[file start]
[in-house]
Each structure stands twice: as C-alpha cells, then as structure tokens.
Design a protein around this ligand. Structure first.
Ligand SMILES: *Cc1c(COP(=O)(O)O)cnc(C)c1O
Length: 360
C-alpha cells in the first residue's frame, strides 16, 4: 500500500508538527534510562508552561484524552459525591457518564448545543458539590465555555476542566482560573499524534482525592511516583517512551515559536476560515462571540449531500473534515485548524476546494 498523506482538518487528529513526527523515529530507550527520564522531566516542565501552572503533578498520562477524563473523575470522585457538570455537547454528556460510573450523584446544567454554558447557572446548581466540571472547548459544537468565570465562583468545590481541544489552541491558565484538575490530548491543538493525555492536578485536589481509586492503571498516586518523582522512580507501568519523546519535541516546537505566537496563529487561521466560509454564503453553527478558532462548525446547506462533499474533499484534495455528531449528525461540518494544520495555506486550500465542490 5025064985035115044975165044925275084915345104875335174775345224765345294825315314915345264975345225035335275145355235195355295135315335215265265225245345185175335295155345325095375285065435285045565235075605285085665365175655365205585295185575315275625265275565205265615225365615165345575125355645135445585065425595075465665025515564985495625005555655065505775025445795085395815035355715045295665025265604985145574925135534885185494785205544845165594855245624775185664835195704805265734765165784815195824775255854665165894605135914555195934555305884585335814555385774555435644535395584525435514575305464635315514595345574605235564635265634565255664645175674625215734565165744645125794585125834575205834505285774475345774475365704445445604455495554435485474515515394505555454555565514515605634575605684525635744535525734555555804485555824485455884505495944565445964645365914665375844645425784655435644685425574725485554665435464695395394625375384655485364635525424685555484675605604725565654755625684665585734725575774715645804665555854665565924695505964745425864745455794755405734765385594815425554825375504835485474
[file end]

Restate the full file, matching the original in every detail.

[in-house]
Each structure stands twice: as C-alpha cells, then as structure tokens.
Design a protein around this ligand. Structure first.
Ligand SMILES: *Cc1c(COP(=O)(O)O)cnc(C)c1O
Length: 360
C-alpha cells in the first residue's frame, strides 16, 4: 500500500508538527534510562508552561484524552459525591457518564448545543458539590465555555476542566482560573499524534482525592511516583517512551515559536476560515462571540449531500473534515485548524476546494 498523506482538518487528529513526527523515529530507550527520564522531566516542565501552572503533578498520562477524563473523575470522585457538570455537547454528556460510573450523584446544567454554558447557572446548581466540571472547548459544537468565570465562583468545590481541544489552541491558565484538575490530548491543538493525555492536578485536589481509586492503571498516586518523582522512580507501568519523546519535541516546537505566537496563529487561521466560509454564503453553527478558532462548525446547506462533499474533499484534495455528531449528525461540518494544520495555506486550500465542490 5025064985035115044975165044925275084915345104875335174775345224765345294825315314915345264975345225035335275145355235195355295135315335215265265225245345185175335295155345325095375285065435285045565235075605285085665365175655365205585295185575315275625265275565205265615225365615165345575125355645135445585065425595075465665025515564985495625005555655065505775025445795085395815035355715045295665025265604985145574925135534885185494785205544845165594855245624775185664835195704805265734765165784815195824775255854665165894605135914555195934555305884585335814555385774555435644535395584525435514575305464635315514595345574605235564635265634565255664645175674625215734565165744645125794585125834575205834505285774475345774475365704445445604455495554435485474515515394505555454555565514515605634575605684525635744535525734555555804485555824485455884505495944565445964645365914665375844645425784655435644685425574725485554665435464695395394625375384655485364635525424685555484675605604725565654755625684665585734725575774715645804665555854665565924695505964745425864745455794755405734765385594815425554825375504835485474